Transition (Transición) (Fantastic Fest 2023)
Dir. David Velduque (2023)
Angela, an older trans woman who lives alone and is afraid of change, struggles to deal with reality when a new caregiver arrives.
I'll be honest here at the beginning of my review: I had a really hard time writing this one. David Velduque's new short Transition impacted me greatly, but I was largely left with a lack of words to explain exactly how it made me feel. It's not a feeling that I often have: I generally breeze right through reviews, writing them in roughly the time it would take me to speak the words (a whole stream of consciousness thing, if you feel me). This one, though, was different, and I've written and rewritten several paragraphs before eventually erasing them and starting again. What is it about this film that leaves me with such a lack of words? Hopefully, we can break down the film and also discuss some of the ways it made me feel.
Transition is about an older trans woman named Angela (Celeste Gonzales) who lives alone but also has a caretaker (Zack Gomez) with whom she appears to be very close. Unfortunately, he is not able to visit her and sends another woman in his place. Angela, who struggles with her own anxiety, paranoia, and potentially other mental illnesses, does not react to the change well, undergoing a series of hallucinations and manifestations of her troubled mind. As the night progresses, she begins to believe that she is in danger, but is the new caretaker really just there to provide her service or is there something more sinister at play?
The film is an excellent depiction of mental illness and the expression of anxiety and isolation, especially in someone who has lived the type of life that an older trans person would have lived. Add in the changes to her schedule, which can wreak havoc on the mental health in even the most "sane" of people, and it's easy to see how she could deteriorate so quickly. Velduque does a marvelous job of humanizing Angela and her struggles, allowing the audience into her damaged psyche in what quickly becomes a devastatingly sad portrayal of an aging woman. Celeste Gonzales' performance is nuanced and equal to the task at hand, delivering in a role that is at once terrifying and beautiful.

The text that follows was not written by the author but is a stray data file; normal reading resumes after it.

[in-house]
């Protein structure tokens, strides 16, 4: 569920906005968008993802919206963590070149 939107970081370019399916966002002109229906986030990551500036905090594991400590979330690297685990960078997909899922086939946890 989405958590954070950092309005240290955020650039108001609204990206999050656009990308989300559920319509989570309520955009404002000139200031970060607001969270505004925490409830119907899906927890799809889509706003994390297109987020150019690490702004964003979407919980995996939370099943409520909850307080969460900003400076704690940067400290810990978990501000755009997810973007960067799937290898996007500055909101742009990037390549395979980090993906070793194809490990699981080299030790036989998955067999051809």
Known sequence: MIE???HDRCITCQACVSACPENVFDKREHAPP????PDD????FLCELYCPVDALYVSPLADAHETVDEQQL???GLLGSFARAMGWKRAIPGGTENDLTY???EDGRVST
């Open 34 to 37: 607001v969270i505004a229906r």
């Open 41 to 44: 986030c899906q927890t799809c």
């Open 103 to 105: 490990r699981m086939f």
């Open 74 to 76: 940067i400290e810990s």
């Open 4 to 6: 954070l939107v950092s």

Transgender people in media are gaining more representation, which is a good thing for the LGBT movement and media as a whole. It is impossible to tell every story that yearns to be told without including everyone who has a story to tell, and it's wonderful that the acceptance of what has previously been "other" is allowing these tales to come to life on screen. While most trans roles seek to normalize and remove the fear of their differences from the public, as has been the case for almost every other underrepresented group that has gained acceptance in general society, Transition leans into that difference. By utilizing a shocking opening sequence that features full-frontal and pre-transitioned nudity to remove the audience from their comfort zones, Velduque makes the case that perhaps there should be nothing at all shocking about the scene. After all, for thousands of people around the world, this is no more different than it would be for any of us (who like to sleep in the nude). It's normalization through immersion, and it's masterfully done.
The artistically shot black-and-white cinematography is gorgeous and helps blend the beauty with the macabre, and Velduque has crafted a chilling and disorienting dissection of the inevitable changes in life. It is a disturbing short packed to the gills with scares, including some excellent effects work that makes even the more anxiety-inducing scenes realistic. It's really a fantastic short and one that should be seen by a wide audience, and hopefully Fantastic Fest can bring it to that audience. While the ending leaves a little to be desired and the short finale begs for a longer runtime, it's an incredibly unique and moving short that I really enjoyed.
Who this movie is for: Short horror fans, LGBT horror lovers, Skin pickers
Bottom line: While it may be ironic that one of the first films to leave me without words also resulted in the longest review I've ever written for a short, Transition is well worth the larger word count. It's a film that is equal parts mystifying and horrifying, a really well-done short that begs to be seen by a wider audience. The performances are great, the cinematography is beautiful, and the message is spot-on. The only thing that it really needs is a few more minutes to avoid an ending that felt slightly rushed, but the rest of the film is excellent. Kudos to Velduque for making a fantastic film. If you get a chance to check it out at Fantastic Fest, it's well worth your time.